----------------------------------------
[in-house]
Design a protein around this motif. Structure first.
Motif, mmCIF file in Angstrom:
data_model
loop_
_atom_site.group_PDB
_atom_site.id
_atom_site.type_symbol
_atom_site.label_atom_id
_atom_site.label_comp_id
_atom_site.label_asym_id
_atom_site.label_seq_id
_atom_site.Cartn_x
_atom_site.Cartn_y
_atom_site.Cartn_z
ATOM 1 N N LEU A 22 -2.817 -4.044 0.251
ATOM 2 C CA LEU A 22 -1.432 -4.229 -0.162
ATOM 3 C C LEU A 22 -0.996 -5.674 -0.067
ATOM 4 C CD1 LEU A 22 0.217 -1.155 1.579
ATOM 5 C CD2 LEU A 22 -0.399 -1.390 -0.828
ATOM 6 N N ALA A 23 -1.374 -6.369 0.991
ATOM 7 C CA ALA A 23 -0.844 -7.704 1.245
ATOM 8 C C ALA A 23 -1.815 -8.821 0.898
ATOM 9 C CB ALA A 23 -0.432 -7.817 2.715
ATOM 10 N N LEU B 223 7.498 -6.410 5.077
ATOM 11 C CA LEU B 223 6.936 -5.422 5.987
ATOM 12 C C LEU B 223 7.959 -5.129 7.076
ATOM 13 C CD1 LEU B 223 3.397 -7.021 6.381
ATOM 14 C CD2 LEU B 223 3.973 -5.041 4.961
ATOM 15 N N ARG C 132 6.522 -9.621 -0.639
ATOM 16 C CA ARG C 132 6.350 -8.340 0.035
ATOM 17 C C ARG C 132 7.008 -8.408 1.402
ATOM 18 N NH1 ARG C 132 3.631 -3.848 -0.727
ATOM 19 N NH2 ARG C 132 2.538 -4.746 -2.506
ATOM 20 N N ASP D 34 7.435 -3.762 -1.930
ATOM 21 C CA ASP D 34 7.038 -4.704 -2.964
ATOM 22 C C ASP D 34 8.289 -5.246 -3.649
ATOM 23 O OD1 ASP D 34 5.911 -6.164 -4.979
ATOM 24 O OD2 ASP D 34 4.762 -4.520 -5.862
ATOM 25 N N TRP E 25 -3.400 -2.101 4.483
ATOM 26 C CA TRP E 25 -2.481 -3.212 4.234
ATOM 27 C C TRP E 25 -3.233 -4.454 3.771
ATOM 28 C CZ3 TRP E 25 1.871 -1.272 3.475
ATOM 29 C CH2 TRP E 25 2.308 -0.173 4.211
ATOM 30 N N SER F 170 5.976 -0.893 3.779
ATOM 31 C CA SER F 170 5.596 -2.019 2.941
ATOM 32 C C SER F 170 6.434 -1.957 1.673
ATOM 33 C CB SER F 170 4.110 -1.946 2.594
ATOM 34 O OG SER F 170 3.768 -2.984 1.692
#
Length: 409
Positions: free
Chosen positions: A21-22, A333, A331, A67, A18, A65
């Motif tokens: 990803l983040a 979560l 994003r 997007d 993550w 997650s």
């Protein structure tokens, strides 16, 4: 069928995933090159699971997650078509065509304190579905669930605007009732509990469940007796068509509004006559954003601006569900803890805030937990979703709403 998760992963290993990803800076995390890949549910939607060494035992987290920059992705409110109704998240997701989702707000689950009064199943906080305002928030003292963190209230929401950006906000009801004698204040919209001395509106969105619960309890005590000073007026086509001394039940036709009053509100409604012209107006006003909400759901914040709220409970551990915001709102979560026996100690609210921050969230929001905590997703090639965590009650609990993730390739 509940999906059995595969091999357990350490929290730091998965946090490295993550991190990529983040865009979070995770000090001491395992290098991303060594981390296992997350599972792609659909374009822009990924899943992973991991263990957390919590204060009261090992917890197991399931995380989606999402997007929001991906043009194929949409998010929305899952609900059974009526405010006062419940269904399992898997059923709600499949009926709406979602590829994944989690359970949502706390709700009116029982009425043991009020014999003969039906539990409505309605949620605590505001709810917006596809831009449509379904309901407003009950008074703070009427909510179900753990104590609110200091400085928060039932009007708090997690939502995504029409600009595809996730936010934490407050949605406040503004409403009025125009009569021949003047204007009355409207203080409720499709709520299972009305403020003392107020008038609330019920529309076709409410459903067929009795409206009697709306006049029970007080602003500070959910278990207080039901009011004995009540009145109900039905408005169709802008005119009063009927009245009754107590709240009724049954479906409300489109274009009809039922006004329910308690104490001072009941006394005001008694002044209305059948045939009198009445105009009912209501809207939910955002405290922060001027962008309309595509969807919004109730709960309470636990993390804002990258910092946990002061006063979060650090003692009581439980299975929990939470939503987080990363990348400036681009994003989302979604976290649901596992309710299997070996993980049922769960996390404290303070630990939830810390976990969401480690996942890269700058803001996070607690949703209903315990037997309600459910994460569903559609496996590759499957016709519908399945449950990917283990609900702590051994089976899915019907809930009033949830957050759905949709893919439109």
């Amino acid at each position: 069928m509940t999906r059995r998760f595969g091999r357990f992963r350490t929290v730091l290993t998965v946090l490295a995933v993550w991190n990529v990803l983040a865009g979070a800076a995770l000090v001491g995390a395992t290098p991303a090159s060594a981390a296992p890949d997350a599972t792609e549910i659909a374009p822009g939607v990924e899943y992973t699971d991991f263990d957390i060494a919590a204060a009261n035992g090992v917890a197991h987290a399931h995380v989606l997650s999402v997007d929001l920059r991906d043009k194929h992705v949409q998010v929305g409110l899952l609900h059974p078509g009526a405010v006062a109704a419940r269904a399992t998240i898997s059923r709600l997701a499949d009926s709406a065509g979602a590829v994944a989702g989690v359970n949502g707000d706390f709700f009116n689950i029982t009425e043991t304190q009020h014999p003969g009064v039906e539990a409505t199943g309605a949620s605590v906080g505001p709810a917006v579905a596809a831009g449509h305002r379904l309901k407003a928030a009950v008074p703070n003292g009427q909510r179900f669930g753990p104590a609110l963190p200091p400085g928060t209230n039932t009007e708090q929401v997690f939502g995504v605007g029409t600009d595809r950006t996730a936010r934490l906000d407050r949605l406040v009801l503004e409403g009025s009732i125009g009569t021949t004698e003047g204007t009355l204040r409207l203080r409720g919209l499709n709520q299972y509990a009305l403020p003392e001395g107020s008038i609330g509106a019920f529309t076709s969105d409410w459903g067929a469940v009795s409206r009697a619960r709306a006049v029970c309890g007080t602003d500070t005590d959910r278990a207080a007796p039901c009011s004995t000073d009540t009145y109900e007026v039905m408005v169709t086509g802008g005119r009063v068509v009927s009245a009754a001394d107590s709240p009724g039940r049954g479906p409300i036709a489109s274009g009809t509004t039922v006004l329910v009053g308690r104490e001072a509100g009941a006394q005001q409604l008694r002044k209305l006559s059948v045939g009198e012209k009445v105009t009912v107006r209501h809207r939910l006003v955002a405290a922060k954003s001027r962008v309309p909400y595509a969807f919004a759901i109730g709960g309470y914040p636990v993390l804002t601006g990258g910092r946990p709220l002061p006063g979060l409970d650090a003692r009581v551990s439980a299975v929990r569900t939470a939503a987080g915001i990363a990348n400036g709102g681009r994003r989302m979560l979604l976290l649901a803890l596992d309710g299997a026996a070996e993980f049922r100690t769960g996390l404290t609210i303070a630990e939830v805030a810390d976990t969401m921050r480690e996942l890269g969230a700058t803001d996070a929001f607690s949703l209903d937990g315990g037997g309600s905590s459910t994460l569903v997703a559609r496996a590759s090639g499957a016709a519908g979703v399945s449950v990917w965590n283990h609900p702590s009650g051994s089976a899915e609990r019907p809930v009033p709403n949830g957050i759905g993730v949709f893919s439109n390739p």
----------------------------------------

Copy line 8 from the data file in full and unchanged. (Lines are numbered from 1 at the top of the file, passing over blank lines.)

_atom_site.type_symbol